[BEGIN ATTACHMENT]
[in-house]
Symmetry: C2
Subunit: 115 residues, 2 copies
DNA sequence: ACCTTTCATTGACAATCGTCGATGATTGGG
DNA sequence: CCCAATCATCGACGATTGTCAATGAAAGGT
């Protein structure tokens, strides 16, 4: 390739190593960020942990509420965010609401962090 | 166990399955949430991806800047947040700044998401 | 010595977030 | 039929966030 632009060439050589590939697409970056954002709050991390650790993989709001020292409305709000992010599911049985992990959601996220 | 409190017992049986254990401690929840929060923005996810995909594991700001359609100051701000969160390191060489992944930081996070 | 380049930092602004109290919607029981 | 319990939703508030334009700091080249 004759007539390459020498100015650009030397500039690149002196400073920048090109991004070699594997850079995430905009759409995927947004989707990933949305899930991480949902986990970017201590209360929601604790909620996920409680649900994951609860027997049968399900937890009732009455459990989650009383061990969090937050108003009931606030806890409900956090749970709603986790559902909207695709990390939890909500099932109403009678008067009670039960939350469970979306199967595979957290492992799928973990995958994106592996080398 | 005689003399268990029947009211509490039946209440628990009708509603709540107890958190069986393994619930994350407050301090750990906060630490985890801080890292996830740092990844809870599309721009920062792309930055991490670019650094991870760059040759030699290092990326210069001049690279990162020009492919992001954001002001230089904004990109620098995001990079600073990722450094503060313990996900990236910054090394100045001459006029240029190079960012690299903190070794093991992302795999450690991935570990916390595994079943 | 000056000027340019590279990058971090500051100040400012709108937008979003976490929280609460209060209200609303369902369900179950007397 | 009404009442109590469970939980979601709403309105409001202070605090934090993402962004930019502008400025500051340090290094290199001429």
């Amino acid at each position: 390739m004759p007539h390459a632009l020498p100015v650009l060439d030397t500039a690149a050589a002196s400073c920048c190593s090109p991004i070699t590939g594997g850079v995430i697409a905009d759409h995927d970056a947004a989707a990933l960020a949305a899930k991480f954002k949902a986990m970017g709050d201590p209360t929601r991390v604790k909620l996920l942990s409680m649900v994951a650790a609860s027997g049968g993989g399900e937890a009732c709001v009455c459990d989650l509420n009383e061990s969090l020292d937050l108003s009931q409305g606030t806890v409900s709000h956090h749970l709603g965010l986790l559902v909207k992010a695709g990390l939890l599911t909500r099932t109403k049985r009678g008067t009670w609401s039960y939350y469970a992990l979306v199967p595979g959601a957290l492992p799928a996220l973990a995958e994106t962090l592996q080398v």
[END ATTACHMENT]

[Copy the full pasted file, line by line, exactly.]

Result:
[in-house]
Symmetry: C2
Subunit: 115 residues, 2 copies
DNA sequence: ACCTTTCATTGACAATCGTCGATGATTGGG
DNA sequence: CCCAATCATCGACGATTGTCAATGAAAGGT
């Protein structure tokens, strides 16, 4: 390739190593960020942990509420965010609401962090 | 166990399955949430991806800047947040700044998401 | 010595977030 | 039929966030 632009060439050589590939697409970056954002709050991390650790993989709001020292409305709000992010599911049985992990959601996220 | 409190017992049986254990401690929840929060923005996810995909594991700001359609100051701000969160390191060489992944930081996070 | 380049930092602004109290919607029981 | 319990939703508030334009700091080249 004759007539390459020498100015650009030397500039690149002196400073920048090109991004070699594997850079995430905009759409995927947004989707990933949305899930991480949902986990970017201590209360929601604790909620996920409680649900994951609860027997049968399900937890009732009455459990989650009383061990969090937050108003009931606030806890409900956090749970709603986790559902909207695709990390939890909500099932109403009678008067009670039960939350469970979306199967595979957290492992799928973990995958994106592996080398 | 005689003399268990029947009211509490039946209440628990009708509603709540107890958190069986393994619930994350407050301090750990906060630490985890801080890292996830740092990844809870599309721009920062792309930055991490670019650094991870760059040759030699290092990326210069001049690279990162020009492919992001954001002001230089904004990109620098995001990079600073990722450094503060313990996900990236910054090394100045001459006029240029190079960012690299903190070794093991992302795999450690991935570990916390595994079943 | 000056000027340019590279990058971090500051100040400012709108937008979003976490929280609460209060209200609303369902369900179950007397 | 009404009442109590469970939980979601709403309105409001202070605090934090993402962004930019502008400025500051340090290094290199001429």
């Amino acid at each position: 390739m004759p007539h390459a632009l020498p100015v650009l060439d030397t500039a690149a050589a002196s400073c920048c190593s090109p991004i070699t590939g594997g850079v995430i697409a905009d759409h995927d970056a947004a989707a990933l960020a949305a899930k991480f954002k949902a986990m970017g709050d201590p209360t929601r991390v604790k909620l996920l942990s409680m649900v994951a650790a609860s027997g049968g993989g399900e937890a009732c709001v009455c459990d989650l509420n009383e061990s969090l020292d937050l108003s009931q409305g606030t806890v409900s709000h956090h749970l709603g965010l986790l559902v909207k992010a695709g990390l939890l599911t909500r099932t109403k049985r009678g008067t009670w609401s039960y939350y469970a992990l979306v199967p595979g959601a957290l492992p799928a996220l973990a995958e994106t962090l592996q080398v």